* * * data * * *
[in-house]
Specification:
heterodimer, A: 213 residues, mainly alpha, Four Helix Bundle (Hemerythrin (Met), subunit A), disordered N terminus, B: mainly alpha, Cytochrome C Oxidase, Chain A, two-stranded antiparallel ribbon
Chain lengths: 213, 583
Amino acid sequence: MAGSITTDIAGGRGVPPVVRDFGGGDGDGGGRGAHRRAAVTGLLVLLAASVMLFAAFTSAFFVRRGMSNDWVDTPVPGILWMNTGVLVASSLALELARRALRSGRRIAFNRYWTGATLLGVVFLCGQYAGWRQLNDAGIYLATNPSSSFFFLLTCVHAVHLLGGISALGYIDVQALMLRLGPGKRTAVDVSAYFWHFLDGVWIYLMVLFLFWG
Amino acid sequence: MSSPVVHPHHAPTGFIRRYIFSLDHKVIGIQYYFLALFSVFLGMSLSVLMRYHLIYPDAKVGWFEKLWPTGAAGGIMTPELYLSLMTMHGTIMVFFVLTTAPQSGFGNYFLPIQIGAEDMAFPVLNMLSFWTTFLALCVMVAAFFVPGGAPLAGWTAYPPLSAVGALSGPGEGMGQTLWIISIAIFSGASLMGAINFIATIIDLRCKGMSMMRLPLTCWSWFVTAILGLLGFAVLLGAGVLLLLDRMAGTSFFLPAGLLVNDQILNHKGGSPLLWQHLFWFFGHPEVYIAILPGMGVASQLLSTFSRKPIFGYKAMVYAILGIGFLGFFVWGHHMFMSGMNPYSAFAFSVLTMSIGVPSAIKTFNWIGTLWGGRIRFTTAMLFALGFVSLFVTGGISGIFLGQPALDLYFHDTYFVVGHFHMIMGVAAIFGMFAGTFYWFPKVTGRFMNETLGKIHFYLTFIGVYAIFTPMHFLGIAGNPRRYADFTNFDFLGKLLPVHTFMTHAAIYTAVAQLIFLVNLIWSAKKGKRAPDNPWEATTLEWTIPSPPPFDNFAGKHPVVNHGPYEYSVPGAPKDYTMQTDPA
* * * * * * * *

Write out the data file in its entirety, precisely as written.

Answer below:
[in-house]
Specification:
heterodimer, A: 213 residues, mainly alpha, Four Helix Bundle (Hemerythrin (Met), subunit A), disordered N terminus, B: mainly alpha, Cytochrome C Oxidase, Chain A, two-stranded antiparallel ribbon
Chain lengths: 213, 583
Amino acid sequence: MAGSITTDIAGGRGVPPVVRDFGGGDGDGGGRGAHRRAAVTGLLVLLAASVMLFAAFTSAFFVRRGMSNDWVDTPVPGILWMNTGVLVASSLALELARRALRSGRRIAFNRYWTGATLLGVVFLCGQYAGWRQLNDAGIYLATNPSSSFFFLLTCVHAVHLLGGISALGYIDVQALMLRLGPGKRTAVDVSAYFWHFLDGVWIYLMVLFLFWG
Amino acid sequence: MSSPVVHPHHAPTGFIRRYIFSLDHKVIGIQYYFLALFSVFLGMSLSVLMRYHLIYPDAKVGWFEKLWPTGAAGGIMTPELYLSLMTMHGTIMVFFVLTTAPQSGFGNYFLPIQIGAEDMAFPVLNMLSFWTTFLALCVMVAAFFVPGGAPLAGWTAYPPLSAVGALSGPGEGMGQTLWIISIAIFSGASLMGAINFIATIIDLRCKGMSMMRLPLTCWSWFVTAILGLLGFAVLLGAGVLLLLDRMAGTSFFLPAGLLVNDQILNHKGGSPLLWQHLFWFFGHPEVYIAILPGMGVASQLLSTFSRKPIFGYKAMVYAILGIGFLGFFVWGHHMFMSGMNPYSAFAFSVLTMSIGVPSAIKTFNWIGTLWGGRIRFTTAMLFALGFVSLFVTGGISGIFLGQPALDLYFHDTYFVVGHFHMIMGVAAIFGMFAGTFYWFPKVTGRFMNETLGKIHFYLTFIGVYAIFTPMHFLGIAGNPRRYADFTNFDFLGKLLPVHTFMTHAAIYTAVAQLIFLVNLIWSAKKGKRAPDNPWEATTLEWTIPSPPPFDNFAGKHPVVNHGPYEYSVPGAPKDYTMQTDPA